Bigger IS Better: Largest single private conservation land acquisition in Canadian history

    VANCOUVER, July 24 /CNW/ - The Nature Conservancy of Canada (NCC) today
announces a bold commitment to protect 550 square kilometres of remote
valleys, mountains and lakes in south-central British Columbia. The
acquisition of an exceptional property, known as Darkwoods, launches the
largest, single private conservation project ever undertaken by a Canadian
non-profit organization.
    "This is a unique and immediate opportunity to conserve a landscape
roughly the size of the entire Island of Montreal," says John Lounds,
President and CEO of the Nature Conservancy of Canada. "Darkwoods is a
conservation initiative of global significance. It's part of a greater vision
that will set new standards for conservation success."
    Darkwoods is situated between the towns of Nelson, Salmo and Creston in
the West Kootenay region of British Columbia. The previous owners, the Pluto
Darkwoods Forestry Corporation, had owned and operated the land since 1967.
The property connects a network of protected lands and wilderness management
areas to create a vast tract covering more than 250,000 acres
(100,000 hectares) - enough for wide-ranging animals such as caribou and
Grizzly Bear to roam freely.
    The project cost is more than $125-million, which includes not only the
purchase of the land but the endowment funds needed to ensure Darkwoods will
be cared for in generations to come. The property has been purchased with the
support of the Government of Canada through the Natural Areas Conservation
Program - a $225-million investment which is aimed at accelerating and
enhancing the efforts of conservation groups to protect precious natural
areas. NCC is allocating $25 million to the purchase of Darkwoods.
    "This is truly an incredible property both in size and value, covering an
area nearly 140 times the size of Stanley Park," said Minister Baird. "We're
proud to play a part in this moment and of the success of the Natural Areas
Conservation Program. Over the last year, our pledge of $225 million to the
Program has helped to conserve habitat for 59 species at risk in over 71
properties, and there's more to come."
    Darkwoods supports a tremendous range of biologically rich habitats: rare
old-growth forests, sub-alpine meadows, serene valley bottoms, productive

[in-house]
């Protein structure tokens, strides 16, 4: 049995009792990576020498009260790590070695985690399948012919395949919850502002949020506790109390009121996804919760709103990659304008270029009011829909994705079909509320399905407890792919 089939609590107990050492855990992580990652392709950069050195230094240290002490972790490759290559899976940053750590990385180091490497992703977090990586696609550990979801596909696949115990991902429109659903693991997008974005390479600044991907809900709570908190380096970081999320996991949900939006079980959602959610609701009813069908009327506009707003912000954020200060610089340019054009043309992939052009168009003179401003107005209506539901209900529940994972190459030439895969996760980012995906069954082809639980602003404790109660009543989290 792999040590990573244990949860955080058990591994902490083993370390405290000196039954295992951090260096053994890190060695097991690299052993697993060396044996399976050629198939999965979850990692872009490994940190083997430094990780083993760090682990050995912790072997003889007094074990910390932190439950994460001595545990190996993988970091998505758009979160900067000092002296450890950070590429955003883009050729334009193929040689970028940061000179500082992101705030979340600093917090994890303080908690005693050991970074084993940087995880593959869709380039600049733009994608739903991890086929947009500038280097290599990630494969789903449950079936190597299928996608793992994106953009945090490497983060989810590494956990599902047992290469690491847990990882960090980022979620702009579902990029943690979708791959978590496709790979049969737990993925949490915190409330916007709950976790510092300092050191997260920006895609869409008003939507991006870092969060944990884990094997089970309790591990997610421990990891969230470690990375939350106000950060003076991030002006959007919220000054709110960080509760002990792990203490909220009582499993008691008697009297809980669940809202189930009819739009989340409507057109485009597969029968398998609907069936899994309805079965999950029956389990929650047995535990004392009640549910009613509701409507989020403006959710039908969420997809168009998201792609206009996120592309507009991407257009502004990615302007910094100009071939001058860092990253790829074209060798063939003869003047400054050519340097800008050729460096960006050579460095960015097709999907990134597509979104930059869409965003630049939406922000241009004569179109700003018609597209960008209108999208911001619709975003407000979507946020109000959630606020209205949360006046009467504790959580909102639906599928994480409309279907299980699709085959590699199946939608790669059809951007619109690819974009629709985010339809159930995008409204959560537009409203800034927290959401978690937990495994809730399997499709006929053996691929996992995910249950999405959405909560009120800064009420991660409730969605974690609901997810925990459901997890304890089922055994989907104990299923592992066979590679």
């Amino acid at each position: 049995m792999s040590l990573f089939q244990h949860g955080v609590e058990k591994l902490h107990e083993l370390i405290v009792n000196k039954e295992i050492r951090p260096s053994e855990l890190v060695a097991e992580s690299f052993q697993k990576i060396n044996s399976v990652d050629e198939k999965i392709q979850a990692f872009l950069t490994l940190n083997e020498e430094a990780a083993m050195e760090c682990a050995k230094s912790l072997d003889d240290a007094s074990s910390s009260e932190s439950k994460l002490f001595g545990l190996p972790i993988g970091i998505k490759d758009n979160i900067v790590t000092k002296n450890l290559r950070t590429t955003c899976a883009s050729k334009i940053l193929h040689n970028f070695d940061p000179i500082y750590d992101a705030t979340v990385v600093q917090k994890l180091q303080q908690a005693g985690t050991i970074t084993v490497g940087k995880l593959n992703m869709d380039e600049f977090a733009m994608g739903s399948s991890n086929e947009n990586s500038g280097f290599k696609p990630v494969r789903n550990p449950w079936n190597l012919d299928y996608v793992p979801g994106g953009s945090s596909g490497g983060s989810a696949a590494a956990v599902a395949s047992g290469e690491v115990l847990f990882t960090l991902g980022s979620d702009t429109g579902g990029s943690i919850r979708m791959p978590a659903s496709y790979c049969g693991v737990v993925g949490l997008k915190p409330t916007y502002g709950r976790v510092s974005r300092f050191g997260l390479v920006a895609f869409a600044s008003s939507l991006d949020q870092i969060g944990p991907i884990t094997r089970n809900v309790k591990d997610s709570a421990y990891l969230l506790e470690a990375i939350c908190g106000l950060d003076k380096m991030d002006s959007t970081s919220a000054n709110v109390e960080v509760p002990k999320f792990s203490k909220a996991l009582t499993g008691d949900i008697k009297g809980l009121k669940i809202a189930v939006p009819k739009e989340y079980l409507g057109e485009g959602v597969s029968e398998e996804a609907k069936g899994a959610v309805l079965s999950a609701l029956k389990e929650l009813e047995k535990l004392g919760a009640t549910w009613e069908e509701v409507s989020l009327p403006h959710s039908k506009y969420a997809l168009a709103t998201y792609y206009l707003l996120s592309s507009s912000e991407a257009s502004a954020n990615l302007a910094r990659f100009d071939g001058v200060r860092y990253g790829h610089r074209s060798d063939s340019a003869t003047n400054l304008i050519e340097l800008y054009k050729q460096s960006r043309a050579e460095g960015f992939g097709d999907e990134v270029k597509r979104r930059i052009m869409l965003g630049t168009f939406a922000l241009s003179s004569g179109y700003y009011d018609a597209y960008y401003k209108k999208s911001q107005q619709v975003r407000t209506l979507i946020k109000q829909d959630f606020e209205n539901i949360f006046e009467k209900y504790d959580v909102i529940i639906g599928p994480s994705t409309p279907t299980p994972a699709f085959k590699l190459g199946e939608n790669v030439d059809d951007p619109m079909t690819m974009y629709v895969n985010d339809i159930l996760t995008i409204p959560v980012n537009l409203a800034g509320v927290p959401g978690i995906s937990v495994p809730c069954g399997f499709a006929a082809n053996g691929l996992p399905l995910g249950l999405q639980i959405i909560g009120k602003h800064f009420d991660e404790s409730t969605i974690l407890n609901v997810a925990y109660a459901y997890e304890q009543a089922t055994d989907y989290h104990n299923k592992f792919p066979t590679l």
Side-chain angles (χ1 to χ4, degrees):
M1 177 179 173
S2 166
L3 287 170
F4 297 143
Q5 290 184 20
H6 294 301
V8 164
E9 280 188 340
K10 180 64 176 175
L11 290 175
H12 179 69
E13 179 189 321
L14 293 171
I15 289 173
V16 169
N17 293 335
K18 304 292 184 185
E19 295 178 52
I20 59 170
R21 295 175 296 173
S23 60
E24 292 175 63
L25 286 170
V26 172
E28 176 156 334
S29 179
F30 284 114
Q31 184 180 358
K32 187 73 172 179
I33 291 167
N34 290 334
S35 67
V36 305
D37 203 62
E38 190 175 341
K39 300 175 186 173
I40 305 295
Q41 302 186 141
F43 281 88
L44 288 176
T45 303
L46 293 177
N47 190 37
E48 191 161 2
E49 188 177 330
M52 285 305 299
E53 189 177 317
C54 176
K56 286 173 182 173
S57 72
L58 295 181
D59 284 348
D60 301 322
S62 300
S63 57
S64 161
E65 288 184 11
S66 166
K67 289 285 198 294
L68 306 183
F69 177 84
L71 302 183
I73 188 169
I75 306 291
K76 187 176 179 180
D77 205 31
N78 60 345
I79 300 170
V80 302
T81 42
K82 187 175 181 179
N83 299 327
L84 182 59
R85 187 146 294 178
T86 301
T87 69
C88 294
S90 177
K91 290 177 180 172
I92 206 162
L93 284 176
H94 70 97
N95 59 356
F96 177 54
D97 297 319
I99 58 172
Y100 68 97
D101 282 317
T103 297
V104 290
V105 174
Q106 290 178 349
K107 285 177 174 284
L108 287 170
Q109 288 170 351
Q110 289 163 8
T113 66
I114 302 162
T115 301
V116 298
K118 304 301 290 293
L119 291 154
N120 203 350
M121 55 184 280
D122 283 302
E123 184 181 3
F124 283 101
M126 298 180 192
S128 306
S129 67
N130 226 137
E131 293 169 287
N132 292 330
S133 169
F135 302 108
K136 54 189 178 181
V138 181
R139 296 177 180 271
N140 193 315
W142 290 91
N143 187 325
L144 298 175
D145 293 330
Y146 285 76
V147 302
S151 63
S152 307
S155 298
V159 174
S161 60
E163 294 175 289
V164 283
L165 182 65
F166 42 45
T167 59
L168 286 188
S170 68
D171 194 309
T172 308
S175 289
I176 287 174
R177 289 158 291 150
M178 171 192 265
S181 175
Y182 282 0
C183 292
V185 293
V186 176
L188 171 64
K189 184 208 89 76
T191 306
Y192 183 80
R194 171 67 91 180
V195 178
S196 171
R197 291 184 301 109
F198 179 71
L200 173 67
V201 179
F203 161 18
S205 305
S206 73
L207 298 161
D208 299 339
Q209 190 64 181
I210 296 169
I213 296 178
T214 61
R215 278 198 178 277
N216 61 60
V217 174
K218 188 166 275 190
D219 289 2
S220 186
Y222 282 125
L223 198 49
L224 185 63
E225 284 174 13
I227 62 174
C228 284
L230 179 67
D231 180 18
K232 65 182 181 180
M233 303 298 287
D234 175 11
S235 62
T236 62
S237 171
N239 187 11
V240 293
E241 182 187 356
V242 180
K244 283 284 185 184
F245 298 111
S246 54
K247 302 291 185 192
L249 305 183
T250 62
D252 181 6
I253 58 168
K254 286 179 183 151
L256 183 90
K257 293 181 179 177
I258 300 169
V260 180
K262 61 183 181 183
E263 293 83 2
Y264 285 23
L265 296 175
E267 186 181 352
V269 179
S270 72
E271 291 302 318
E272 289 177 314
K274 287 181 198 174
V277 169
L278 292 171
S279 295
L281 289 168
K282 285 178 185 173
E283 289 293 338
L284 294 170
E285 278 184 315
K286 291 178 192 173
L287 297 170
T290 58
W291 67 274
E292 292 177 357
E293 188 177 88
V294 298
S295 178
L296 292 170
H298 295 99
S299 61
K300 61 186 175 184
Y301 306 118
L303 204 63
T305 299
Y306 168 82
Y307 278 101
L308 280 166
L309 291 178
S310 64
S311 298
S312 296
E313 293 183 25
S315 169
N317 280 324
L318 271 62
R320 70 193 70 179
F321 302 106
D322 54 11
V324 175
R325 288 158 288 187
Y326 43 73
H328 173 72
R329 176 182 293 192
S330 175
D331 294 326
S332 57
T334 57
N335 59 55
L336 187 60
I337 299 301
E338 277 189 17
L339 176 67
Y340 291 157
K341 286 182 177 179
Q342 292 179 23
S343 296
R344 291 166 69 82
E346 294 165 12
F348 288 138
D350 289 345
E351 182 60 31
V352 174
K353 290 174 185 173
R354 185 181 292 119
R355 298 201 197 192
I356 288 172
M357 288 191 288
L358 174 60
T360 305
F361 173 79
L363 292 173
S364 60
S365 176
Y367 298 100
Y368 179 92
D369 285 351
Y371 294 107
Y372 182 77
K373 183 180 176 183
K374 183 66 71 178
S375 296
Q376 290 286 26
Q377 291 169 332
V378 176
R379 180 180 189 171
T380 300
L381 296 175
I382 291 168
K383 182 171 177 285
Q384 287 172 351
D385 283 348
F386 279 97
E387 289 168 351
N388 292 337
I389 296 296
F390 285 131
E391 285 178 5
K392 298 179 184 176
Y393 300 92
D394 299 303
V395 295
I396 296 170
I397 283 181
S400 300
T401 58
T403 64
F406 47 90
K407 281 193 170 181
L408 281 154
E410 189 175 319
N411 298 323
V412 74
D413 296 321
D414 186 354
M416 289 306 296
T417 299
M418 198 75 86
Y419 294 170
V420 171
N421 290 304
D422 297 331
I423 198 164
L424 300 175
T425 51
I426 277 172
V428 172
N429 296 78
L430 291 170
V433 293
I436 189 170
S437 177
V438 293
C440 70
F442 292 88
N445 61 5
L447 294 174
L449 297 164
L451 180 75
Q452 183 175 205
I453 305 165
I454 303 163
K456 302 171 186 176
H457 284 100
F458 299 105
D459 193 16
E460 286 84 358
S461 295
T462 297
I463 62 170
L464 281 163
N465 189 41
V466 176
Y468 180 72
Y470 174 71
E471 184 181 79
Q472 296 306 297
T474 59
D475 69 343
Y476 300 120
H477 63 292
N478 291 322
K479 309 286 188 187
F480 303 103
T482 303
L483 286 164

creeks and lakefront lands. These habitats are home to 29 provincially-listed
species at risk, such as Bull Trout, Red-tailed Chipmunk, Western Screech Owl
and a streamside orchid called Giant Helleborine. It offers NCC scientists and
other researchers the chance to discover and study the numerous rare species
that grow, forage, breed and raise their young in this landscape.
    "Conserving Darkwoods is essential to the recovery of the South Selkirk
caribou population," says biologist Trevor Kinley. "It could also
significantly affect the viability of the local grizzly population, and it
will definitely influence the retention of natural biodiversity."
    Because of its great scale and topographical diversity, Darkwoods offers
sensitive plants and animals a chance to adapt in the face of global climate
change. Species will be able to migrate to different latitudes or elevations
as temperatures fluctuate. The forests of Darkwoods represent an immense
carbon sink. In excess of 2 million tonnes of carbon are stored in Darkwoods -
equal to the annual carbon footprint of nearly half a million Canadians.
    NCC is now working closely with local communities to develop the
management plans that will support and sustain Darkwoods for the long term.
    "This is just the first of many announcements to come as we advance this
project," says Lounds. "In addition to our conservation work we will also
spend the next year raising the funds needed to ensure Darkwoods is secure for
future generations. We are inviting others who share our conservation vision
to help us make history."

    The Nature Conservancy of Canada (NCC) is a private, non-profit Canadian
organization dedicated to protecting our country's most ecologically
significant lands. As the leading land conservation organization in Canada,
NCC has conserved more than 2 million acres (809,000 hectares) of ecologically
significant land since 1962. Guided by a mission to conserve areas of
biological diversity for their intrinsic value and for the benefit of future
generations, NCC is creating a lasting natural legacy for Canada.

For further information:

For further information: Media Contacts, Lesley Marian Neilson,
Communications Coordinator, BC Region, Nature Conservancy of Canada, (250)
661-2969,; Jane Gilbert, Chief Communications
Officer (National Office), Nature Conservancy of Canada, (416) 932-3202,; Website,

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